He was later sent to Adam Park where he was sent out on work parties.
In late February 1943, John Hill was admitted to hospital with dysentery. On 11th March 1943 John Hill died at the Australian General Hospital at Roberts Barracks, Changi, from mycotoxicosis, diphtheria and acute but resolving bacillary dysentery. On Japanese orders his body was cremated and buried on 11 March.
The funeral service for Lance Corporal John Hill, aged 31 years was conducted by Chaplain G. Polain of 2/26th Battalion.
A member of the Wardandi Nation, John Hill was born in Fremantle, 1 January 1912, to Arthur and Margaret Hill.  John was the eldest of nine children. The Hill family lived in a weatherboard cottage called “Snake Gully” in Busselton. John and his 3 brothers  during free family time would go fishing with their father.
As young men, John and Roy saved to purchase a Chevrolet truck which they successfully sought contracting work and wheat carting in the wheat-belt area.
When war broke out John and two of his brothers enlisted.  John on  23rd October 1940 into the Second Australian Imperial Force, Roy enlisted with Royal Australian Air Force and Harold with the Royal Australian Navy where he joined the crew of HMAS Perth.
When HMAS Perth sunk Harold too became a POW of the Japanese.  In October 1942 Harold passed through Singapore on his journey to Burma-Thai Railway.  Sadly the two brothers did not meet.
Harold and Roy survived the war to return home.
Roy Hill became a pilot and officer in Bomber Command.  He served in Britain with the RAF flying Lancasters.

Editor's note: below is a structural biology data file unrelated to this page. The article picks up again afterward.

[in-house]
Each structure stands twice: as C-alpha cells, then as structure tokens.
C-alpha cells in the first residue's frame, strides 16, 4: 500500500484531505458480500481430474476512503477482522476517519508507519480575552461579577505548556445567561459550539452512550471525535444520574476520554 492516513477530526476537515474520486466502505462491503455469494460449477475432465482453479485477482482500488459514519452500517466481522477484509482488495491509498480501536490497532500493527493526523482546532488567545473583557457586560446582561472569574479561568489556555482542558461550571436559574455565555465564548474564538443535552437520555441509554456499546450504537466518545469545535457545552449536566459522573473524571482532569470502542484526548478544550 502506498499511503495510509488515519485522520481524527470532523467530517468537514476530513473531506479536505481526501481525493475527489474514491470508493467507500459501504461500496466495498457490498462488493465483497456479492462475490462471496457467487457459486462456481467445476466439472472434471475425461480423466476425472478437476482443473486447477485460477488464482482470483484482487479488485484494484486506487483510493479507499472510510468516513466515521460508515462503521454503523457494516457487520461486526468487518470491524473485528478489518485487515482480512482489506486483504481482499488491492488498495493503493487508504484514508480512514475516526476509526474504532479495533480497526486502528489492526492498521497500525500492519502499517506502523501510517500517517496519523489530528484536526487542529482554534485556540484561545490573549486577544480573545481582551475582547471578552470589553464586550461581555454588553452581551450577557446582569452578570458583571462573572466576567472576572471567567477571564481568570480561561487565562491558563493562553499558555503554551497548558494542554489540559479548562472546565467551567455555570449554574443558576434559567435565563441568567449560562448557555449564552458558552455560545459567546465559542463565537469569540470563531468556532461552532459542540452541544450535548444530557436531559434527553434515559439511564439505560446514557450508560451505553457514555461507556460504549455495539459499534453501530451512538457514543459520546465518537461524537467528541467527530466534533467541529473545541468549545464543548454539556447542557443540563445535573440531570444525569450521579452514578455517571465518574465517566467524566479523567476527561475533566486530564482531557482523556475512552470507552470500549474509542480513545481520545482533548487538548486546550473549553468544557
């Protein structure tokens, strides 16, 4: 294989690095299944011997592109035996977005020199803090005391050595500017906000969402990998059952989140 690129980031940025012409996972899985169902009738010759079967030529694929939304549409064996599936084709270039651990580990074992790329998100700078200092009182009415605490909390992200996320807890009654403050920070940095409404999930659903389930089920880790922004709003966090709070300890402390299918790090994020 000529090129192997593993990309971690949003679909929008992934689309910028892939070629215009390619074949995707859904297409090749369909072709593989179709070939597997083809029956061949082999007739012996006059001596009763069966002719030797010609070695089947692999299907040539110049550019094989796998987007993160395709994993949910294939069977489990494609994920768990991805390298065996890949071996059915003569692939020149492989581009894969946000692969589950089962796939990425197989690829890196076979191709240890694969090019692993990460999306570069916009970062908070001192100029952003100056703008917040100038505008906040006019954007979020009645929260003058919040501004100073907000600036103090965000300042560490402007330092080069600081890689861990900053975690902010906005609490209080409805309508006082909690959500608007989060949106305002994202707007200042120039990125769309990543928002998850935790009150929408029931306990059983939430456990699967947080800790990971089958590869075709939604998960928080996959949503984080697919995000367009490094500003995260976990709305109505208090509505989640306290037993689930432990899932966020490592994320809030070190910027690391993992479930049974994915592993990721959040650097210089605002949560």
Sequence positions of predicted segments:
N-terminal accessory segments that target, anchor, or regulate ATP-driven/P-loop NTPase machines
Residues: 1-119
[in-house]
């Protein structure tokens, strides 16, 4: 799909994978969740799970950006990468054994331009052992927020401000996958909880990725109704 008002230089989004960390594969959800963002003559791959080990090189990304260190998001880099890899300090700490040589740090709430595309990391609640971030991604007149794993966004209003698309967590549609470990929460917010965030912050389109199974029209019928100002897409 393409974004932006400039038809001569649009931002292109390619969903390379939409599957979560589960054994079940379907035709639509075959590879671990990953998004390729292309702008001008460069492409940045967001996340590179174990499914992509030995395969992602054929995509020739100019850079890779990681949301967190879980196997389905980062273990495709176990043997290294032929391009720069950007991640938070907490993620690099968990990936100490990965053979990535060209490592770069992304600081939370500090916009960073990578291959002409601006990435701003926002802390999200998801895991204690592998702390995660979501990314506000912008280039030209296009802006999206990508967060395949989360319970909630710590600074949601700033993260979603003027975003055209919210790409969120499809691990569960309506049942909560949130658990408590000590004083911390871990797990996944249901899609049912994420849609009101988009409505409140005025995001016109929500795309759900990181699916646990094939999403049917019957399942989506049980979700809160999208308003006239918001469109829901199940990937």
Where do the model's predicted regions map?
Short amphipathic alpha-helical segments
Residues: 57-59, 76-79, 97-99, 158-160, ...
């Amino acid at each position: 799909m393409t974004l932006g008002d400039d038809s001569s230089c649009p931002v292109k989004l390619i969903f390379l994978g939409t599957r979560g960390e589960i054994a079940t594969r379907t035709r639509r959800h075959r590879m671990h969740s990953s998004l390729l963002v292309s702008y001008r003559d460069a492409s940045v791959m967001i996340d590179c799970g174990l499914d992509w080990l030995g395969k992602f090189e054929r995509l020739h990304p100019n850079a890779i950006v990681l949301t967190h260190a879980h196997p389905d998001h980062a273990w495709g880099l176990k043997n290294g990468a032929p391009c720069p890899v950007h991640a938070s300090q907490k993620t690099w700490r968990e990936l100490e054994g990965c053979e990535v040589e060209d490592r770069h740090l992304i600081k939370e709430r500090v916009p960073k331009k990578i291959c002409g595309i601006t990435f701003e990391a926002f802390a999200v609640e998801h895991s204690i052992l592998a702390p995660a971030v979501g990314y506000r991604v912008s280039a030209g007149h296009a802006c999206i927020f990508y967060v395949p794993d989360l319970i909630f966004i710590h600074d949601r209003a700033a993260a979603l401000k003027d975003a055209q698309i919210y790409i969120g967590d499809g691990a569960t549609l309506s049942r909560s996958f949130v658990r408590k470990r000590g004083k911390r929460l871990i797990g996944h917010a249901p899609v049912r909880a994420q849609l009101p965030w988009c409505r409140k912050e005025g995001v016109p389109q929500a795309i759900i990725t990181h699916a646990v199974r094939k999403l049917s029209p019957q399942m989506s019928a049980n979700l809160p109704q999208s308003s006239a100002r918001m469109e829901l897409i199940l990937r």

Changi Changi
Changi Cemetery where John Hill was originally buried.
The original cross was collected and taken back to Western Australia by John Hill’s mates.    It was later donated to AWM, Canberra.
The Last Post Ceremony is presented in the Commemorative area of the Australian War Memorial each day. The ceremony commemorates more than 102,000 Australians who have given their lives in war and other operations and whose names are recorded on the Roll of Honour. At each ceremony the story behind one of the names on the Roll of Honour is told. Hosted by Richard Cruise, the story for 22 September 2016 was (WX8756) Lance Corporal John Hill, 2/4th Machine Gun Battalion, 2nd AIF, Second World War.  John Hill’s photograph was displayed beside the Pool of Reflection. Watch a recording of the ceremony courtesy of the Australian War Memorial.

Below: is the wooden cross made for John Hill and brought back to Australia by his 2/4th mates.





WX15746 Arthur Morrison

Arthur’s nickname was ‘Snow White’ – nothing to do with his skin colour – please read further.





WX17374  Neave FLARTY

Sadly very little is known of Neave.  HE died in Queensland in 30 January 1980.  He was 57years old and buried Collinsville Cemetery, Collinsville, Whitsunday Region, Queensland, Australia.   You can read further information about Neave. 
Should any family and/or persons with knowledge are able to provide information can you please contact us Email:



Rear L-R T.Allen & H.Wilkes
Front L-R M.Wilkins, T.Gough & N.Flarty



WX20107 Arthur RALPH remained at Singapore throughout the war,  He dislocated ligaments in right knee on 12/2/1942 and evacuated to Alexandra Hospital until end of hostilities. Discharged to unit on 22/2/1942.

12 Aug 42 AGH beri beri.

14 Mar 1943 admitted AGH encephalitis  discharged 20 Mar 1943, admitted with dysentery 25 Mar 1943 discharged 31 Mar 1943.  Arthur missed working parties to the Railway Line due to illness.  He was sent with a  work party sent to Blakang Mati Island 5 Nov 43, where living conditions were reasonable however Japanese brutality and punishments were frequent and work conditions tough.  Please read further about Arthur Ralph



Ted Ronan and his mate Edgar Pell



Right:  Ted Ronan.  He  died April 1991 Busselton aged 73 years where he resided with his wife Phyllis.  You can read further about Ted and his family